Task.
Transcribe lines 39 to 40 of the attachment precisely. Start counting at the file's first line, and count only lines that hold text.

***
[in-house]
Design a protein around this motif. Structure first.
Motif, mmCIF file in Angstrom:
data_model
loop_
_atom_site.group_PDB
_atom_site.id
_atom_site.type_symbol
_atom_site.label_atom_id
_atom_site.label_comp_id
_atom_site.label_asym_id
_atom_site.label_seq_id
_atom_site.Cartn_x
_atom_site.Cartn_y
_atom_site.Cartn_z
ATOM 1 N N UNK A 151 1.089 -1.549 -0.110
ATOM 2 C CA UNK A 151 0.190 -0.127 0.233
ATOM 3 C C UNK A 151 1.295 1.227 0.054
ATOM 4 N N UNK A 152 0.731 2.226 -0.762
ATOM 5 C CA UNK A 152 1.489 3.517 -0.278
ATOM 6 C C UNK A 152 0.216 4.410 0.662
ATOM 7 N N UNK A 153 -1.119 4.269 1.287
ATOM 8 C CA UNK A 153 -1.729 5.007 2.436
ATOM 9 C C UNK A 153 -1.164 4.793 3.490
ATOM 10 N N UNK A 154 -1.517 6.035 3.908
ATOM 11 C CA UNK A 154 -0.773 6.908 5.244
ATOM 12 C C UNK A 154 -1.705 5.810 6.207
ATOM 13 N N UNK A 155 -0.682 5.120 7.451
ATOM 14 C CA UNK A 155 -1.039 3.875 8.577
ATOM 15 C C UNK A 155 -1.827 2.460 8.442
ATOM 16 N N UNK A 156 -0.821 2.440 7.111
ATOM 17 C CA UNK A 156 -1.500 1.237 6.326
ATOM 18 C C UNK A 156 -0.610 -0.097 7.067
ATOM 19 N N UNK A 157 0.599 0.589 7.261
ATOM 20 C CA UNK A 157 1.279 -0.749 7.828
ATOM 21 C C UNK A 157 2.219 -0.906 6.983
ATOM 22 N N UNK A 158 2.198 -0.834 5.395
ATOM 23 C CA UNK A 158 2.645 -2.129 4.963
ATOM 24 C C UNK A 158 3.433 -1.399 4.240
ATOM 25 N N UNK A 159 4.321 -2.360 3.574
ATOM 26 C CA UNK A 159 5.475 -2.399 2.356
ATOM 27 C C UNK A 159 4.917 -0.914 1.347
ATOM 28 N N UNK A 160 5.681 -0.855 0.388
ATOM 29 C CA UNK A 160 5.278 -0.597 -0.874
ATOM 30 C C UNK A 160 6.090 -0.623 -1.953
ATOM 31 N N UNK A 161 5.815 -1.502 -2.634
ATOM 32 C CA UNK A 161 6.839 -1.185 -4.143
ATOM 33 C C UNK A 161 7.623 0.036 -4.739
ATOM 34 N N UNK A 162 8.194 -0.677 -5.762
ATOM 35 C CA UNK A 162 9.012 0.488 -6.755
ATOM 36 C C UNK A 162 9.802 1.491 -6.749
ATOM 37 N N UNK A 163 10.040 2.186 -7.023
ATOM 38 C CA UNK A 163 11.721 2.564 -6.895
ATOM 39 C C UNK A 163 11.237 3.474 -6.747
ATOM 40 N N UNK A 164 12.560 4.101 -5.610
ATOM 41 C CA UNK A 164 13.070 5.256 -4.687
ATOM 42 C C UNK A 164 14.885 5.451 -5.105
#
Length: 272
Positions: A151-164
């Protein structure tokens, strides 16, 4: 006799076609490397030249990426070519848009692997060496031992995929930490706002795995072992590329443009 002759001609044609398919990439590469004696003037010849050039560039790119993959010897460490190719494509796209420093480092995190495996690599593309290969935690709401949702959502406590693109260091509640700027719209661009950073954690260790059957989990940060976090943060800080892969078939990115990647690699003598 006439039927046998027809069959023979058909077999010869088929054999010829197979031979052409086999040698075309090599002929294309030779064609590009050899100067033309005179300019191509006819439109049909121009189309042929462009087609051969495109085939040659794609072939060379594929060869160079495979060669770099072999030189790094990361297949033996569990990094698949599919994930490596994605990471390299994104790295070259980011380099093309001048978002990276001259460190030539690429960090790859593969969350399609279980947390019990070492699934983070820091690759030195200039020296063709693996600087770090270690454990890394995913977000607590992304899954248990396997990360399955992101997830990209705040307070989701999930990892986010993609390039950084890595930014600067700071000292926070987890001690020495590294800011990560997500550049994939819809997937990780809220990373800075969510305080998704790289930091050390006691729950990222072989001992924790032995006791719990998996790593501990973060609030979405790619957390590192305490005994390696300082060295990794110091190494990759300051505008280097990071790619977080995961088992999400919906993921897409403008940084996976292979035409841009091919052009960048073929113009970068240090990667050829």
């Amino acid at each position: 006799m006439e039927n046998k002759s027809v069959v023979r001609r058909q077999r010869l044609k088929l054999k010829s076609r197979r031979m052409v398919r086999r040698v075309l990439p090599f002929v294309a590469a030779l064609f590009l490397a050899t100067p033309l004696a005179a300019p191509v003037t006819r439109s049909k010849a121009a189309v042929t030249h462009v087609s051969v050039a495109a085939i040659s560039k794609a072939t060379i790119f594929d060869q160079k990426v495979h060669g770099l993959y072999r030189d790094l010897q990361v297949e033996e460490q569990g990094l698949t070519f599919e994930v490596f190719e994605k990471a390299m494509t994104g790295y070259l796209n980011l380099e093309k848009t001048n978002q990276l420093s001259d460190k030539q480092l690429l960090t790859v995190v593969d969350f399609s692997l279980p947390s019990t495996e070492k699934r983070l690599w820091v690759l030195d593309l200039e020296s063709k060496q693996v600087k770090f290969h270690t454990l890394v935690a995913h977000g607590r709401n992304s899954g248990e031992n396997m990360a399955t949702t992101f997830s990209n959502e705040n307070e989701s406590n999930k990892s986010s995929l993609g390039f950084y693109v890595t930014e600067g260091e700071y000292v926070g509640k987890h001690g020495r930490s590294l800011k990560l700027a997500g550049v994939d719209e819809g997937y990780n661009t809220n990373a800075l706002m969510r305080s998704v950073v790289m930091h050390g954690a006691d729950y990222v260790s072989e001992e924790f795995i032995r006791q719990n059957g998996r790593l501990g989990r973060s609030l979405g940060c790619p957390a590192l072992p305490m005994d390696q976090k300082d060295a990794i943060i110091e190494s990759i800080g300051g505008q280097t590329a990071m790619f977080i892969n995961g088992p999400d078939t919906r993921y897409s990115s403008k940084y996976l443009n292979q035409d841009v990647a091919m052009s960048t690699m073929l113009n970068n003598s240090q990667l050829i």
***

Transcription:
ATOM 24 C C UNK A 158 3.433 -1.399 4.240
ATOM 25 N N UNK A 159 4.321 -2.360 3.574